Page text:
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, which operates the U.K.'s leading airports, has been short-listed in the bidding for a crucial contract that could pave the way for it to operate

John F. Kennedy International


LaGuardia International

airports in New York, airline industry observers in New York have told


This decision is a welcome boost for BAA, which in September suffered a nearly 30% fall in its share price following a surprise profit warning. Apparently, BAA underestimated how much scrapping the duty-free status on items such as alcohol within Europe would impact its earnings. However, third-quarter results released earlier this month showed an improvement in the company's profitability.

On Friday, BAA shares were trading up 5.2% at 418.5 pence.

"From a valuation perspective, BAA looks extremely attractive," Marcus Curley, analyst at

Merrill Lynch

, wrote in a recent research report. "However, there still remains some scope for volatility surrounding BAA's medium-term profitability." Curley has an accumulate rating on BAA. Merrill has performed no investment banking for the company within the past three years.


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New York City Council

, which owns the two airports, is seeking external support as part of its plan to privatize them. Mayor

Rudolph Giuliani

has made the revitalization of the airports a priority. The

Port Authority of New York and New Jersey

currently manage them under a lease that expires in 2015.

However, Giuliani has said the lease will not be renewed and hinted that he is prepared to persuade the Port Authority to give up the lease before it expires. He is seeking a private operator to act as a consultant to New York's

Economic Development Corporation

, which would handle the privatization and revitalization process. The successful bidding company would then assume responsibility for the management, operation and development of the airports.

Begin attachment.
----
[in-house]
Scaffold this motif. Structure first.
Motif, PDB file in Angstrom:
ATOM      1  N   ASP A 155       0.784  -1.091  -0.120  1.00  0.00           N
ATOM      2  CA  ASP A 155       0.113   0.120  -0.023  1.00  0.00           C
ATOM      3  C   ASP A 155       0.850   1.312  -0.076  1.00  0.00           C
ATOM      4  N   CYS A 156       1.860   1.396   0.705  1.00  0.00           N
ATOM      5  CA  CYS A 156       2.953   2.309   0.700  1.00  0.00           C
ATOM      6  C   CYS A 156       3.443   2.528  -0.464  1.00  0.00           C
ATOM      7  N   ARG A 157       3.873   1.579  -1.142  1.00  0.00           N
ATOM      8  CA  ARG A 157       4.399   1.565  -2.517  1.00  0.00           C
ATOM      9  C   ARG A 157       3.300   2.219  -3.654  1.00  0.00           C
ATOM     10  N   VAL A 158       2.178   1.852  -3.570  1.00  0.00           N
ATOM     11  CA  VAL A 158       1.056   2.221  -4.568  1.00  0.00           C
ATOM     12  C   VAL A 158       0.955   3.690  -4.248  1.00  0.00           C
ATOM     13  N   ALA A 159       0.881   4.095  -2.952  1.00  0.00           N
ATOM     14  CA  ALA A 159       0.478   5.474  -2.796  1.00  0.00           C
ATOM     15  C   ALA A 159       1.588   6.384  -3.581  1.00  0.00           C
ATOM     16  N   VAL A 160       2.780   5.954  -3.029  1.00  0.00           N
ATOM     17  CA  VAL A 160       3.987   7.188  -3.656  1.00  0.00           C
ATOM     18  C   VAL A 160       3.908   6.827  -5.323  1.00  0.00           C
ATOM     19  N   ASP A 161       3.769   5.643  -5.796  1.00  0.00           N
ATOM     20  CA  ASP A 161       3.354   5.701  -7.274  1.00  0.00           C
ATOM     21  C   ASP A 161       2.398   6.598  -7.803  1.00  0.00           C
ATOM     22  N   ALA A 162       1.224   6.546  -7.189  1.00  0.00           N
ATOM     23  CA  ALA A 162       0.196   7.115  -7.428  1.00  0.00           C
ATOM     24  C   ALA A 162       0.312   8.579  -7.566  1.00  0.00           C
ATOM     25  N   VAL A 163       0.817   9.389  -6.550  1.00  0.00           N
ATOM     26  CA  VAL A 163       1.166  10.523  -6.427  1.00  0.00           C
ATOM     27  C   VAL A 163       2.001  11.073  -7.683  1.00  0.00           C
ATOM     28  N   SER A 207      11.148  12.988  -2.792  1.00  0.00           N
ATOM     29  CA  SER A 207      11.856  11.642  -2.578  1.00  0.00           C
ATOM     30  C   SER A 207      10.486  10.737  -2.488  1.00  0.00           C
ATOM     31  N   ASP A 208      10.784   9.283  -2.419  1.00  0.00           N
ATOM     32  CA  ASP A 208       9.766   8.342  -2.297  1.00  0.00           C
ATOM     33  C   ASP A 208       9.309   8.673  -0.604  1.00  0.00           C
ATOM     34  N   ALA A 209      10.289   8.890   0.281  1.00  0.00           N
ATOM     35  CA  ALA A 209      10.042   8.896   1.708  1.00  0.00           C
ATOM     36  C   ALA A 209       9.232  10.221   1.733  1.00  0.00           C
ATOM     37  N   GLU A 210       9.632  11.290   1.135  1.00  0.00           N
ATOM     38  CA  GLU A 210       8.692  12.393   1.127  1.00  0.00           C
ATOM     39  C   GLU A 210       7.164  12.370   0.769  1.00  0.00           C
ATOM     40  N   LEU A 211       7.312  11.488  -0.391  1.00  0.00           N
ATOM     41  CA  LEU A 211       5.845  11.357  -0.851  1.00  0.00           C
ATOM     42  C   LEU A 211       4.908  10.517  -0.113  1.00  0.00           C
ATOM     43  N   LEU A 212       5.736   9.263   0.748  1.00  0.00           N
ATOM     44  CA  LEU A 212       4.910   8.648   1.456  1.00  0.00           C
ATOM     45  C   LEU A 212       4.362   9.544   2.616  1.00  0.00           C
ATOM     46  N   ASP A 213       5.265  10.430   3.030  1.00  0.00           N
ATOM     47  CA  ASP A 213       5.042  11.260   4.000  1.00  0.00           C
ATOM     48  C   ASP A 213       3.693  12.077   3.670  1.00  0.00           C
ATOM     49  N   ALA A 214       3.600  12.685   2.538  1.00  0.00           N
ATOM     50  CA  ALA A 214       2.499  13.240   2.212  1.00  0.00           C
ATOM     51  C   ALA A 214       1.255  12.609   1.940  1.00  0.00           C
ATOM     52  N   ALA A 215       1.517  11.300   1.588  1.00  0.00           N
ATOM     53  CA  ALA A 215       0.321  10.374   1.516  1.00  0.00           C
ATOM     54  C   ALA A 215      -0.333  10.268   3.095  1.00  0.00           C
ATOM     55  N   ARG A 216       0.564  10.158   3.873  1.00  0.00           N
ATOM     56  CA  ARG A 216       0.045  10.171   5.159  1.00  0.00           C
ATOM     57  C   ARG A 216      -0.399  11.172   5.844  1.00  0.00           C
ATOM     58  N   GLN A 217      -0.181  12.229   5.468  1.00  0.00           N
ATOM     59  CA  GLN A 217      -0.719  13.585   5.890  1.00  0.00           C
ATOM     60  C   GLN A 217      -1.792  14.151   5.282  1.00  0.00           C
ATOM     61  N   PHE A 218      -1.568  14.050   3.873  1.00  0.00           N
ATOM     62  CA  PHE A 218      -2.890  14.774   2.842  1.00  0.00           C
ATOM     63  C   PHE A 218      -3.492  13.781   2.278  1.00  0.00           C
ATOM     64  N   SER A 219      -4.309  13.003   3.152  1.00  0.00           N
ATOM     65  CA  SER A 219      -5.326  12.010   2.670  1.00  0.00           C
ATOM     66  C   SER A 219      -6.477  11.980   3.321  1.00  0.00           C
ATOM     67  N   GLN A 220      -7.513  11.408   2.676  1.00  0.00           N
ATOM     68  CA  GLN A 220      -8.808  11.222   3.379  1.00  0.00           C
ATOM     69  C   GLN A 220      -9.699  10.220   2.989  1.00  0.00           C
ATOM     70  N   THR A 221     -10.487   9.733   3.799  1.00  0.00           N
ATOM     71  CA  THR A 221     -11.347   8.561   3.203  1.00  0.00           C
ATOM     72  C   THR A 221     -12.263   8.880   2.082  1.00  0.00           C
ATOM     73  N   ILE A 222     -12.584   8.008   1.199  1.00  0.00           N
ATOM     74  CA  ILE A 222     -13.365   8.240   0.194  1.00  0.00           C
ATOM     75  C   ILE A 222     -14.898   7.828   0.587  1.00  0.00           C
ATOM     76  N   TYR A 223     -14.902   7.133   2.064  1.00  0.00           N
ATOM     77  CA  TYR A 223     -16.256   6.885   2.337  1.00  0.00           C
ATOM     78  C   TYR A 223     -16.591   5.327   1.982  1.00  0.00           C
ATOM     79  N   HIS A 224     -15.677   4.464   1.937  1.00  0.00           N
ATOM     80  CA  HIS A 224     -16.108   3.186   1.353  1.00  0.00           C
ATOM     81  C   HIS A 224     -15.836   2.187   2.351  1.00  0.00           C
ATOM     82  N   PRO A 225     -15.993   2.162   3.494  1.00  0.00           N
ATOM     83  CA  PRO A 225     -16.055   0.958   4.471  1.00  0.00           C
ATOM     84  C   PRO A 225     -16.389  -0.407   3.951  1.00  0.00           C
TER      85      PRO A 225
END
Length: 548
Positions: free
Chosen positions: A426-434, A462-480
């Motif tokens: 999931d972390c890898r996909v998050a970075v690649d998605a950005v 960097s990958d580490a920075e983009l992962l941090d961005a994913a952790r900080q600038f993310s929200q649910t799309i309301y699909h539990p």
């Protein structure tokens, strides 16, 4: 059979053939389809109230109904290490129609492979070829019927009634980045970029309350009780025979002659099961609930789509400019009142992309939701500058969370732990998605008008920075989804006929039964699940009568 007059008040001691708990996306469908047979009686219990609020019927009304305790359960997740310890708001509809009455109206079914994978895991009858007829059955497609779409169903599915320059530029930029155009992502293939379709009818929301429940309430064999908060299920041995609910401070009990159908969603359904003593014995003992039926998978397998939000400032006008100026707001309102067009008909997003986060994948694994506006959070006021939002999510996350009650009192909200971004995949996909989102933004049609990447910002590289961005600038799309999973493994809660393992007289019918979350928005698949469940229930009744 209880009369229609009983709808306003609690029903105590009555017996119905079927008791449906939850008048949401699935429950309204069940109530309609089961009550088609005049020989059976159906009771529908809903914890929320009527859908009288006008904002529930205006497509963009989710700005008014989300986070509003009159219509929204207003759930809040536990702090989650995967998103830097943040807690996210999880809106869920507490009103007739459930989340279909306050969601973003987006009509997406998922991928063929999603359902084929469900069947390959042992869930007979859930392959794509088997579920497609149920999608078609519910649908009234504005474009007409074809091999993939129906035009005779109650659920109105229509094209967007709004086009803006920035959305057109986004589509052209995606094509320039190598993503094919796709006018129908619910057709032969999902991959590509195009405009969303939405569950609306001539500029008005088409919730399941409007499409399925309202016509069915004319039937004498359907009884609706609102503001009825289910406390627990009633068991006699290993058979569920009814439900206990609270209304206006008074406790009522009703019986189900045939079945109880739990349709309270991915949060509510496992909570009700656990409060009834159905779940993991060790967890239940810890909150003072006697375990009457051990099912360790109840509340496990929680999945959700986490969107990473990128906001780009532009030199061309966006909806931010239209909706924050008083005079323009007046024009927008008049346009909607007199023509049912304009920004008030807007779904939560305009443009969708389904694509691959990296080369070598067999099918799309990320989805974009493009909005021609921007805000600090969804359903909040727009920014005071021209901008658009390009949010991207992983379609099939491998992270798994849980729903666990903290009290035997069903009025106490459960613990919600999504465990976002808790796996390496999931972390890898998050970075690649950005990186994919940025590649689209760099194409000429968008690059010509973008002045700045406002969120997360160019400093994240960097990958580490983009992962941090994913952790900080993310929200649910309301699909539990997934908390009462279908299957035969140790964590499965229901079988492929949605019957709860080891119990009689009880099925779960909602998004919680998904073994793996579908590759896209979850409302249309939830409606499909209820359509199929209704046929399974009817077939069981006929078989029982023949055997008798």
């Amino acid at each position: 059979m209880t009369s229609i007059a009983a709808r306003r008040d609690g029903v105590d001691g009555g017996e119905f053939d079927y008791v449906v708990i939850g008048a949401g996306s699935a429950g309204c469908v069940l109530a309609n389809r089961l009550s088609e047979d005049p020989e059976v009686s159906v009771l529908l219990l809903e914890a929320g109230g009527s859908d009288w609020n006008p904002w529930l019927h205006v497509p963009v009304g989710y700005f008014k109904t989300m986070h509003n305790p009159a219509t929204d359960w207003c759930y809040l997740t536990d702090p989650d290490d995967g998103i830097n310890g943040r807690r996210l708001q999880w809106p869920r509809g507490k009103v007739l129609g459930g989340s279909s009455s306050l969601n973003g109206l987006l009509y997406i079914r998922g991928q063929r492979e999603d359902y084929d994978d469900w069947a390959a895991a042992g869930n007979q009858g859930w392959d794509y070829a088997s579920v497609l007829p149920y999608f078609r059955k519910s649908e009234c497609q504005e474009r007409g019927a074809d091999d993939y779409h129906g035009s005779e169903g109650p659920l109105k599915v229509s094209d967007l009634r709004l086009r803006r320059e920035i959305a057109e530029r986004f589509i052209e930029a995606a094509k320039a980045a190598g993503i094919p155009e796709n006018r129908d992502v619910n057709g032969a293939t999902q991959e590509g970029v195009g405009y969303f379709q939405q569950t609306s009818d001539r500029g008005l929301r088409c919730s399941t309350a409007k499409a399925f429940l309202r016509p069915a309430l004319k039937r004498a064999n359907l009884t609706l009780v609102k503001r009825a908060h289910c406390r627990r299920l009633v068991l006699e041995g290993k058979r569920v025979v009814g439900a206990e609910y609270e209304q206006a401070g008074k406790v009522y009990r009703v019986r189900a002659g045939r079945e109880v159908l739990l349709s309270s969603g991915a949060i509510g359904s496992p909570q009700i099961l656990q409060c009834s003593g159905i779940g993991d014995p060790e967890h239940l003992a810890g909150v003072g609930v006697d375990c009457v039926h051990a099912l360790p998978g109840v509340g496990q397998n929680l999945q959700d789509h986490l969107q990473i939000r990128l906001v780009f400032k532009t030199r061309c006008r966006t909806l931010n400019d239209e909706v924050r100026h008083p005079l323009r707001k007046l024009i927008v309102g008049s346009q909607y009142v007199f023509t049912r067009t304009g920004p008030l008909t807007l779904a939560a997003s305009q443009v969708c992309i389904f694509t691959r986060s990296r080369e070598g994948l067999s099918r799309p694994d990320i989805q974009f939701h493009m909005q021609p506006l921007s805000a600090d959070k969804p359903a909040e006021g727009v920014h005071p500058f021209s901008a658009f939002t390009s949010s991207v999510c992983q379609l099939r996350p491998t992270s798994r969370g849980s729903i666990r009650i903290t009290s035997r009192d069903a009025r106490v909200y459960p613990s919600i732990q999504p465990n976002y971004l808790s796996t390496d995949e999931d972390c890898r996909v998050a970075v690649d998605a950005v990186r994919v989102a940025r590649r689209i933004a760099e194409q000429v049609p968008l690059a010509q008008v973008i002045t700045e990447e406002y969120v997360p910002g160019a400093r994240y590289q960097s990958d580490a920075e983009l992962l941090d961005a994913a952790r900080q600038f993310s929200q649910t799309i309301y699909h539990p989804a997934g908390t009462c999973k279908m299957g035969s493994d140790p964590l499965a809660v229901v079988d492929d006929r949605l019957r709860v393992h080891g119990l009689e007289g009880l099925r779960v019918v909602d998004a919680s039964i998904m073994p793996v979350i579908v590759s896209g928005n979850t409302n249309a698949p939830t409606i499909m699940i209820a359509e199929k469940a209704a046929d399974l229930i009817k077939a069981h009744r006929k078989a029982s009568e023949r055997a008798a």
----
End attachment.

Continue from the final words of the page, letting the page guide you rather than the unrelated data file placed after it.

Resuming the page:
Giuliani is concerned about the low esteem in which the two New York airports are held. JFK and LaGuardia recently placed 31st and 35th, respectively, in a passenger survey of the nation's 36 largest airports. Since well over 50 million people use the airports each year, Giuliani is keen to improve their images.

Other short-listed candidates for the lucrative contract are


, the German construction company which operates Dusseldorf's airport;

Amsterdam Airport Schipol

, which also manages

Brisbane International

airport in Australia; and a consortium that includes the Zurich airport operators.

However, New York industry observers view BAA as the frontrunner in the bidding. In his public pronouncements on the campaign to improve the airports for New York, Giuliani has constantly stressed privatization as the means to achieve a more efficient operation.

"Recent privatizations -- including privatization of Indianapolis International airport, as well as of




in London -- have demonstrated that private operators can do a much better job than bureaucratic government authorities when it comes to running airports," Giuliani said.

All three airports cited by the mayor are operated by BAA. The company already has an interest at JFK through its

Duty Free International

business that serves the airport.

In the U.S., aside from Indianapolis, BAA also manages

Harrisburg International

airport in Pennsylvania and was this month awarded a contract by Pittsburgh's airport, where the company has already developed the retail facilities, to develop strategic plans to maximize the airport's potential. In New Jersey, BAA has the retail management at

Newark International

airport. The company also operates airports in Naples, Italy, and Melbourne.